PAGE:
Business leaders disappointed that $31B in tax extenders are out of jobs bill

A number of high-profile business associations are disappointed by Senate Majority Leader Harry Reid’s (D-Nev.) decision to narrow the jobs bill.

The Business Roundtable, which represents the nation’s top CEOs, and the National Association of Manufacturers are among those trade groups that had pushed for the $31 billion in tax extenders that Senate Finance Committee Chairman Max Baucus (D-Mont.) had included in his bipartisan bill.

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Reid announced Thursday he would nix Baucus’s $85 billion proposal in favor of a more targeted, $15 billion bill that is not expected to include the tax extenders.

The tax credits — especially an incentive for companies to spend on research and development — are a favorite of the business community, which has been lobbying hard to see them renewed since they expired last year. Now, many of the K Street associations pleased by the Baucus bill are now scrambling for renewal of the tax extenders again.

“Yes, it is very disappointing. But the more important thing was we were surprised. What happened?” said Monica McGuire, senior policy director for taxation at the National Association of Manufacturers.

Others expressed similar dissatisfaction with the move by Reid.

“Removing the tax extenders from this package is going to increase more uncertainty by business to invest and create jobs. This development really flies in the face of the very goals the Senate is trying to address,” said Ralph Hellmann, senior vice president for the Information Technology Industry Council.

Reid backed away from the Baucus bill Thursday because of complaints about it from members of his own conference. That might have lost him some bipartisan support for the legislation. Republicans were beginning to warm to the Baucus bill, which is co-sponsored by Sen. Chuck Grassley (R-Iowa), the Finance Committee’s ranking member.

In the face of Reid’s decision, business lobbyists said they would press lawmakers to attach the tax extenders to other must-pass bills that are expected to move relatively quickly, such as extensions of unemployment benefits or healthcare subsidies. Others were adamant that the extenders be added to Reid’s proposal.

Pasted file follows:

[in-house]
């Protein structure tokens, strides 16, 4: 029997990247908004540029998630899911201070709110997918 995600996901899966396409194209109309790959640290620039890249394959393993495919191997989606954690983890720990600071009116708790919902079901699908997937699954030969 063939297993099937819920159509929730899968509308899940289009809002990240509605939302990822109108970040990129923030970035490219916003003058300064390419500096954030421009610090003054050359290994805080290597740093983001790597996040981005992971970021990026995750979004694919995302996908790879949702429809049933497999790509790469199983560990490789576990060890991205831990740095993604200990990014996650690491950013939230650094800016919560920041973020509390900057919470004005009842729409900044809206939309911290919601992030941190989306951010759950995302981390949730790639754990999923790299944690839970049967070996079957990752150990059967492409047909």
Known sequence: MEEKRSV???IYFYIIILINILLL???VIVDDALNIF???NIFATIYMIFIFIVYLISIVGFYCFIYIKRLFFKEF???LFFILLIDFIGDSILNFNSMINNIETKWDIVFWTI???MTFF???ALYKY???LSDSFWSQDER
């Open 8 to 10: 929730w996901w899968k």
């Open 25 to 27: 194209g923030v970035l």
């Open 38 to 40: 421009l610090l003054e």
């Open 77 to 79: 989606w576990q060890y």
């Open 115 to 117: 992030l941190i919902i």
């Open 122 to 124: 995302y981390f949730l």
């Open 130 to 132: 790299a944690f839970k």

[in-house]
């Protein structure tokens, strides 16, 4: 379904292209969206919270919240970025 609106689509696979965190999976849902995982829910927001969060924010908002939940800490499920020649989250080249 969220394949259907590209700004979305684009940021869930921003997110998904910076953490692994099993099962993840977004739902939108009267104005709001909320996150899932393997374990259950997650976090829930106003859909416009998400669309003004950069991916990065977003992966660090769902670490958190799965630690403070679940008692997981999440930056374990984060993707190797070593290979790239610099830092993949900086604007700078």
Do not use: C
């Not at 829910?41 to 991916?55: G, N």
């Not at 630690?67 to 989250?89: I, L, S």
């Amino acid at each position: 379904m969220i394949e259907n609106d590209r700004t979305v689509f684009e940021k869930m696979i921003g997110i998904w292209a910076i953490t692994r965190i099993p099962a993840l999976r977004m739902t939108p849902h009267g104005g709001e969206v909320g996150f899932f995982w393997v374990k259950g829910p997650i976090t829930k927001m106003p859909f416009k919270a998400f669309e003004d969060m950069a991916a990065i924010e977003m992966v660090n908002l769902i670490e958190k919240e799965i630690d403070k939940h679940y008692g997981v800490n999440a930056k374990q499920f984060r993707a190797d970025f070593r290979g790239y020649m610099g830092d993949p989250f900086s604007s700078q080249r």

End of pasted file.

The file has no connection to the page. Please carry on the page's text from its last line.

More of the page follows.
Business associations are especially fired up for a tax credit that encourages companies to spend money and hire workers in the research and development field. Known as the R&D tax credit, lobbyists have pushed for its renewal since December as the jobs bill debate began to take shape.

McGuire, as executive secretary to the R&D Credit Coalition, helped coordinate a Dec. 8, 2009 letter to all lawmakers pushing them to renew the incentive. It included more than 5,300 signatures from workers employed by industries that benefit from the credit.

“The R&D tax credit is a jobs credit,” McGuire said. “If Congress is really serious about saving and creating jobs, the first thing it could do is renew the R&D tax credit and the other tax extenders.”

Others will join in on the lobbying effort.

“The extenders package is a jobs creator. R&D performing companies employ over 17 million workers and more than 1 million scientists and engineers,” said Brigitte Gwyn, senior director for public policy for the Business Roundtable. “We will work hard to ensure that these provisions are restored retroactively back to the start of the year so that companies can move forward with new hiring and investments.”